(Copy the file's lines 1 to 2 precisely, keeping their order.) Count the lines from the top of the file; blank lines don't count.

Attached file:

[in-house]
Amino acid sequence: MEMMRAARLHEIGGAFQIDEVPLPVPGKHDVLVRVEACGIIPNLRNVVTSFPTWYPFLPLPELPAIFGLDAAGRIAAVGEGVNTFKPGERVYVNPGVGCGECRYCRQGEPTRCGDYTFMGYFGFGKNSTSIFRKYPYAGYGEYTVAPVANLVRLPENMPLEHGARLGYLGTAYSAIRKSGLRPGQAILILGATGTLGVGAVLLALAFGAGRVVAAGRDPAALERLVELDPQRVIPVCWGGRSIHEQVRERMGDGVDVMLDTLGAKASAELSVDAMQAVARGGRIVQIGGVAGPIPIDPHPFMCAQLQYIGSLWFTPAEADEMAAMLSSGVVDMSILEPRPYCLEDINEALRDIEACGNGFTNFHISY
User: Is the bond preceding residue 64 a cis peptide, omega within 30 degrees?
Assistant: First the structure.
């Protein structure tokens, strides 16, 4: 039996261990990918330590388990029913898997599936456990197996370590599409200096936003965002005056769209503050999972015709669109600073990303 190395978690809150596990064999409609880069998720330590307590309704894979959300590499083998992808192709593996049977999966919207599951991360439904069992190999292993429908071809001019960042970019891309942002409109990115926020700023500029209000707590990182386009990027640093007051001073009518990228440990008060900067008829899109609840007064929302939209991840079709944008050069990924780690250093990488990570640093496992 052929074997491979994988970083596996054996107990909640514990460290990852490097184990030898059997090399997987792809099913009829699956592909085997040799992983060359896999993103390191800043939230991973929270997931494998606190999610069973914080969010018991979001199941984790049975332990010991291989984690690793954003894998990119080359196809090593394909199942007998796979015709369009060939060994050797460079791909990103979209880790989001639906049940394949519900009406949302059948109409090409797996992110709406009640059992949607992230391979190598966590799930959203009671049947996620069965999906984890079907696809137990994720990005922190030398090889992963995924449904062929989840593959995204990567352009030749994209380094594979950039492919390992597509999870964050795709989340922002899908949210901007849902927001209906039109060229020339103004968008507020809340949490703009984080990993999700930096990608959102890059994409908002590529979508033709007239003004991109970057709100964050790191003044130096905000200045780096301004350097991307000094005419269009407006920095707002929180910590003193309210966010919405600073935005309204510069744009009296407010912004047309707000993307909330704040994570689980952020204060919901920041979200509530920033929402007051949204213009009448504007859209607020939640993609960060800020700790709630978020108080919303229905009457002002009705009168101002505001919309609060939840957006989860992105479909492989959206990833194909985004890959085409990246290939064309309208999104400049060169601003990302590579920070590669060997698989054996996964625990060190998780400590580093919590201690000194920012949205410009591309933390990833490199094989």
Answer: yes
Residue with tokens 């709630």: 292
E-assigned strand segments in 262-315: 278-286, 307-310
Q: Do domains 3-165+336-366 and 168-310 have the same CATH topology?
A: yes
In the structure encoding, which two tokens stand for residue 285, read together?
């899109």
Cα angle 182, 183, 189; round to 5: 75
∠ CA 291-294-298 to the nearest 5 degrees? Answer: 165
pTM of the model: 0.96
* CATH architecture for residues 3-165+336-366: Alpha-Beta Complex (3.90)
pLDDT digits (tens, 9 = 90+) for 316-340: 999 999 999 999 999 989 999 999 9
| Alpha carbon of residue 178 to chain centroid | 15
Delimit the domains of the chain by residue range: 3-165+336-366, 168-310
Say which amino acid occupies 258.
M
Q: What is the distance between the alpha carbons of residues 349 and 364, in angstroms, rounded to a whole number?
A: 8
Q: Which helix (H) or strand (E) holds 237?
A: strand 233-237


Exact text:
[in-house]
Amino acid sequence: MEMMRAARLHEIGGAFQIDEVPLPVPGKHDVLVRVEACGIIPNLRNVVTSFPTWYPFLPLPELPAIFGLDAAGRIAAVGEGVNTFKPGERVYVNPGVGCGECRYCRQGEPTRCGDYTFMGYFGFGKNSTSIFRKYPYAGYGEYTVAPVANLVRLPENMPLEHGARLGYLGTAYSAIRKSGLRPGQAILILGATGTLGVGAVLLALAFGAGRVVAAGRDPAALERLVELDPQRVIPVCWGGRSIHEQVRERMGDGVDVMLDTLGAKASAELSVDAMQAVARGGRIVQIGGVAGPIPIDPHPFMCAQLQYIGSLWFTPAEADEMAAMLSSGVVDMSILEPRPYCLEDINEALRDIEACGNGFTNFHISY